Dalhousie Law Journal


aboriginal, treaty, rights, Santi Mawio'mi, Mi'kmaq, Supreme Court of Canada, hunt, fish, Netukulimk, Atlantic Canada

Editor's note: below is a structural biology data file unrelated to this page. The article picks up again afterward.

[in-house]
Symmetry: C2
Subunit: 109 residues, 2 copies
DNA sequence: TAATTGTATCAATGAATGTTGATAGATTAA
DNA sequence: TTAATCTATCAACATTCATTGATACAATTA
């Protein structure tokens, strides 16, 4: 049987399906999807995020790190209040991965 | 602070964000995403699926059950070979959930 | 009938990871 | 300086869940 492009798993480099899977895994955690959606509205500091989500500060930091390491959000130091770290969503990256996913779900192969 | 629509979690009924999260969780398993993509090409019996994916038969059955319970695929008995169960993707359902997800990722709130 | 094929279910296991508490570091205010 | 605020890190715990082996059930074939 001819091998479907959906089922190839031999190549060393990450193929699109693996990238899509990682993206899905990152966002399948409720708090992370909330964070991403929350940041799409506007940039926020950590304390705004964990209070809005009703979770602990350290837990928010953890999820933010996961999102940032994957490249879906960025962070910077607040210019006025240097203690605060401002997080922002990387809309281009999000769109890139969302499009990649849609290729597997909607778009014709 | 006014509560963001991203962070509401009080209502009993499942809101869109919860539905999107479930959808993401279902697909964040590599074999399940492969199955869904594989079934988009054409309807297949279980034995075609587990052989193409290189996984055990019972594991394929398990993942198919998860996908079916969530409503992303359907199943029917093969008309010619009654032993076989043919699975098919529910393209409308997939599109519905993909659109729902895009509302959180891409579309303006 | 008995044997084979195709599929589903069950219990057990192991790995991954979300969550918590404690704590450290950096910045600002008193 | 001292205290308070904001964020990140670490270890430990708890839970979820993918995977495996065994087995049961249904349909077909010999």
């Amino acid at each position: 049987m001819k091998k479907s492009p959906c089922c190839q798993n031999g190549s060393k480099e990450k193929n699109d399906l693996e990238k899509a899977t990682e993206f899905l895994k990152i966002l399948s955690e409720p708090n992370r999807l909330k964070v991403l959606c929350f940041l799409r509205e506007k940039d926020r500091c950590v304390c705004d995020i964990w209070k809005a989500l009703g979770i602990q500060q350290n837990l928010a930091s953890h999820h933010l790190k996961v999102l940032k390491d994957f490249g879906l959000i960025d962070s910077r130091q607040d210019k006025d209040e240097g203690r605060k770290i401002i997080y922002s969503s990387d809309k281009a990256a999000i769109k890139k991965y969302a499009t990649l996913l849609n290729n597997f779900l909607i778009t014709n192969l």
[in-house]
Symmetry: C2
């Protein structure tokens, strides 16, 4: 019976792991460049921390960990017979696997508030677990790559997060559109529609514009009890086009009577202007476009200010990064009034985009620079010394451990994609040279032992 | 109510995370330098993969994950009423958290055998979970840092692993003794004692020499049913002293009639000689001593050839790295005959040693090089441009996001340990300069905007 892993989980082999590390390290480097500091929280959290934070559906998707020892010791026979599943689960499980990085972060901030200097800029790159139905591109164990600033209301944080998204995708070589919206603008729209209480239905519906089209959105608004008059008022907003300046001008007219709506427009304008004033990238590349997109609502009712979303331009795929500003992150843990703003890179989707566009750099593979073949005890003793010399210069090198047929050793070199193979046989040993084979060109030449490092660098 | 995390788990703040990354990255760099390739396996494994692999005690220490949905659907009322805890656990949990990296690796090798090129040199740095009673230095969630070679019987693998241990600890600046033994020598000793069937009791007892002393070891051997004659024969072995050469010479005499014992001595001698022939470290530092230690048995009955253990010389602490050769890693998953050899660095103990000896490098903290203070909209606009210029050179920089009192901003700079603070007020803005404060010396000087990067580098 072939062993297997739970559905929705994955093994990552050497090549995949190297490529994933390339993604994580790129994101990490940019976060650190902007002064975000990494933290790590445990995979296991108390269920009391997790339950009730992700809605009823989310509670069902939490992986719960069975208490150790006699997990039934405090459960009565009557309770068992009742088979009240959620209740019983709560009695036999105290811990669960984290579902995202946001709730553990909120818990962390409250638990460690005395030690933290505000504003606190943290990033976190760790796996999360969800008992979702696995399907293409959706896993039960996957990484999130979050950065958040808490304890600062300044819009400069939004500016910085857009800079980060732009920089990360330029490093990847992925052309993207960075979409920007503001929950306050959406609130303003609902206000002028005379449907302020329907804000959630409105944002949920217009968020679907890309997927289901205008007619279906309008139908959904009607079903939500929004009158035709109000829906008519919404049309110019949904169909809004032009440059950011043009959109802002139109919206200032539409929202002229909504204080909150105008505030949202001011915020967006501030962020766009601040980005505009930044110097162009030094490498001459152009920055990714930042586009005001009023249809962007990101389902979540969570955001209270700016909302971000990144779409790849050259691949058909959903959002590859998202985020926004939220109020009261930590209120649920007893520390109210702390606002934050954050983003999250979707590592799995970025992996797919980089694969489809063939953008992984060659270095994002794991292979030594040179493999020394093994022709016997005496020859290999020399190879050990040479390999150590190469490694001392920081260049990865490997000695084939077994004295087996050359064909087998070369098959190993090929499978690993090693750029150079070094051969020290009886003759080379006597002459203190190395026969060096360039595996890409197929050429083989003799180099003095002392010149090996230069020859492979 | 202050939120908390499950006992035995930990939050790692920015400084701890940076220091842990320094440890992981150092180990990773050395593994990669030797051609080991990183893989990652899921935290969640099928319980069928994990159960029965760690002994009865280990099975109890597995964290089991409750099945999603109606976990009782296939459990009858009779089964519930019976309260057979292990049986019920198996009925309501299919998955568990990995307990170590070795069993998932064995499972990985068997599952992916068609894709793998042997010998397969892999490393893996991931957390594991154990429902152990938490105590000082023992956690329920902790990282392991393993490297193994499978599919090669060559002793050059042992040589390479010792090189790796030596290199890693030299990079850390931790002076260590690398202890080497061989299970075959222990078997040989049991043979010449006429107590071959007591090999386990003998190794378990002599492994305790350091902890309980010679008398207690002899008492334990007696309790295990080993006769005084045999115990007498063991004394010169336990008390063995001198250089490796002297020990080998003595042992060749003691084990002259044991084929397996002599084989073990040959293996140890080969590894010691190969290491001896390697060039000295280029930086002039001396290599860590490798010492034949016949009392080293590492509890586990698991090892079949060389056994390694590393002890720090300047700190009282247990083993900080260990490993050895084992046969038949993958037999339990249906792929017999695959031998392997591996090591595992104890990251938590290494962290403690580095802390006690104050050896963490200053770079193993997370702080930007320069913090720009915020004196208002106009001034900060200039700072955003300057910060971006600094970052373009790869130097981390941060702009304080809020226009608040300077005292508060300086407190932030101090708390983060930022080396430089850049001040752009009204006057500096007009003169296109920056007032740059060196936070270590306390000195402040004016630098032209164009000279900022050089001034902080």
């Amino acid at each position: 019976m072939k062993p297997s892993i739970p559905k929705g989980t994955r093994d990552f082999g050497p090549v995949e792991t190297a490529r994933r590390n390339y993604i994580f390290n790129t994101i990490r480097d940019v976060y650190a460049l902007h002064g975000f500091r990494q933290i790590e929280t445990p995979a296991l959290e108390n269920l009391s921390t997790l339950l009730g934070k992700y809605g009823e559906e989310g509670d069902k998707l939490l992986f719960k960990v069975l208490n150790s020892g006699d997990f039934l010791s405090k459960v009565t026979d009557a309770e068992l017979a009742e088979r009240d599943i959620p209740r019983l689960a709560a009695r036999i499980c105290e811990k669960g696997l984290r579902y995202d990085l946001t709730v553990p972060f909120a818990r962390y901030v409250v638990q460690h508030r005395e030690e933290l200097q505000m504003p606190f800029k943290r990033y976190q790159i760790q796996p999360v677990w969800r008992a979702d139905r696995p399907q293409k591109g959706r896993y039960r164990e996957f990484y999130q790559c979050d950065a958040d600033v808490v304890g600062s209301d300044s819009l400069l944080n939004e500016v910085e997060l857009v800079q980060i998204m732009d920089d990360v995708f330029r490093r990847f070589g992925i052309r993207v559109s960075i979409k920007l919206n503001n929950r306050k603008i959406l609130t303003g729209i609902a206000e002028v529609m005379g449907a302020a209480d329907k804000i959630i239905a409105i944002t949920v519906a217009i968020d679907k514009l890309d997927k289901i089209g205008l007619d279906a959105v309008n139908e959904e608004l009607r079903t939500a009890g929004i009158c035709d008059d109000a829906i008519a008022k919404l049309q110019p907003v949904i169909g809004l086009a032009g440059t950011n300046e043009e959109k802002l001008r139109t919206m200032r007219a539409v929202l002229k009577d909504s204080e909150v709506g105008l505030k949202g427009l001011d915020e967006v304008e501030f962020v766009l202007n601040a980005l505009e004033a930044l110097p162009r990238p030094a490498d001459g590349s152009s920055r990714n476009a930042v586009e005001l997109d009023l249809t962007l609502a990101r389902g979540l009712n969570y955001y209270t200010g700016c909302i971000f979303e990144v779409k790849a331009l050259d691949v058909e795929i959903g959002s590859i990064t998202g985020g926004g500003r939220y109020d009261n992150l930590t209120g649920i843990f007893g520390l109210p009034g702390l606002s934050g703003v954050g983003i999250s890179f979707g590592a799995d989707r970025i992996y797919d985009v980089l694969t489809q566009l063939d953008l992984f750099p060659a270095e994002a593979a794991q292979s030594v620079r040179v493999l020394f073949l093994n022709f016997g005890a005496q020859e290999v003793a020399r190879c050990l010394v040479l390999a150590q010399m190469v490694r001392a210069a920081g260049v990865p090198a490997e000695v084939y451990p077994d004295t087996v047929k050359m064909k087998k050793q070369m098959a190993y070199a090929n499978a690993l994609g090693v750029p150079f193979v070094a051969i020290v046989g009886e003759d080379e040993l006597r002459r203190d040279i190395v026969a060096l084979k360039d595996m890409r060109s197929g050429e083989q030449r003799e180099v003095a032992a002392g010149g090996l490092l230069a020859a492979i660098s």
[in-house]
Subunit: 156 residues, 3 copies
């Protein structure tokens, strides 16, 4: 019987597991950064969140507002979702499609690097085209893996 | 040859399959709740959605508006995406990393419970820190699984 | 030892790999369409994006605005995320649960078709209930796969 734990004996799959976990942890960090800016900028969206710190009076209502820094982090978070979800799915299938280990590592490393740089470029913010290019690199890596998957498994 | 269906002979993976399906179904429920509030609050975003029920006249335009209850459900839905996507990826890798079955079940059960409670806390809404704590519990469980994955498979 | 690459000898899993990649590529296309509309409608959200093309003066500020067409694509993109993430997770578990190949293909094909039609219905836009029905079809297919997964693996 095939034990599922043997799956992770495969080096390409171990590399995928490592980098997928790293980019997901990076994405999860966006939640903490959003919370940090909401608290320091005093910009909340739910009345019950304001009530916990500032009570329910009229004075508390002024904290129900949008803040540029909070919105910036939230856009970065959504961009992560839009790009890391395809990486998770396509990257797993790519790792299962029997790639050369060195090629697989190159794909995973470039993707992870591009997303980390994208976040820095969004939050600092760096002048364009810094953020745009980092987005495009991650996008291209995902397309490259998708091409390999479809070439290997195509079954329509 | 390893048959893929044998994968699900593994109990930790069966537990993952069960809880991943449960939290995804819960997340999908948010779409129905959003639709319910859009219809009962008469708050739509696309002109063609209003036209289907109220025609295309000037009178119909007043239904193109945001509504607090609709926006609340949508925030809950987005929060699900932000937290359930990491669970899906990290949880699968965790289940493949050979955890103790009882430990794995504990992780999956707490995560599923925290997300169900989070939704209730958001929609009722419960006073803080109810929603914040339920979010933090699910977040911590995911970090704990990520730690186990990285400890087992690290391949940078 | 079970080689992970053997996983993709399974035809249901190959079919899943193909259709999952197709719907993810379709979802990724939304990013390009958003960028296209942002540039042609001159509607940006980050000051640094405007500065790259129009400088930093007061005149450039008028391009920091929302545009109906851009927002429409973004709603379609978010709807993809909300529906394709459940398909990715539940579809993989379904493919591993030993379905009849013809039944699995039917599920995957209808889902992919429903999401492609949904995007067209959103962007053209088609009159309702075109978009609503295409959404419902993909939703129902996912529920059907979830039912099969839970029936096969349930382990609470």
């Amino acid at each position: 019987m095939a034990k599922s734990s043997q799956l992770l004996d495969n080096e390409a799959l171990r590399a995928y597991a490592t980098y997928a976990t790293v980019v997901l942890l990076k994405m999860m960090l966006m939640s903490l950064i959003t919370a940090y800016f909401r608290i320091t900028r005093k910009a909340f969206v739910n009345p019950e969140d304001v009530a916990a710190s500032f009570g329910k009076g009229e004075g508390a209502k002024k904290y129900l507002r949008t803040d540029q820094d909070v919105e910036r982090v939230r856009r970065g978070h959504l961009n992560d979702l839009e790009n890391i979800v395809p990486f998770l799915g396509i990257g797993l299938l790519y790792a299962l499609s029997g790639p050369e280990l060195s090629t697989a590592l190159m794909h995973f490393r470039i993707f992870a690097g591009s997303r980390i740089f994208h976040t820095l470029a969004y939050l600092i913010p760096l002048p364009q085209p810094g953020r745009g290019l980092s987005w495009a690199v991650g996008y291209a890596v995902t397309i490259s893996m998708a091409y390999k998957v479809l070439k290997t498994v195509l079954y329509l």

Over the past 250 years, the recognition and implementation of the aboriginal and treaty rights of the Santi Mawio'mi of the Mi'kmaq has been a hard and bitter struggle for justice. Building on Mi'kmaw Aboriginal knowledge and legal traditions that inform their aboriginal and treaty rights, the Supreme Court of Canada has affirmed a Mi'kmaw right to hunt, fish, and gather in their traditional territory. The author focuses on the progression of Mi'kmaw law, drawing on the original teachings of the Mawio'mi embedded in Netukulimk and then shifting to the current legal strategy that creates a constitutional jurisgensis and a foundation for a long awaited constitutional reconciliation with the Mawiomi in Atlantic Canada. The argument not only reaffirms the importance of language, teachings, and history towards litigating Aboriginal law but also affirms the preexisting Aboriginal sovereignty of the Mawiomi as understood in their creation stories.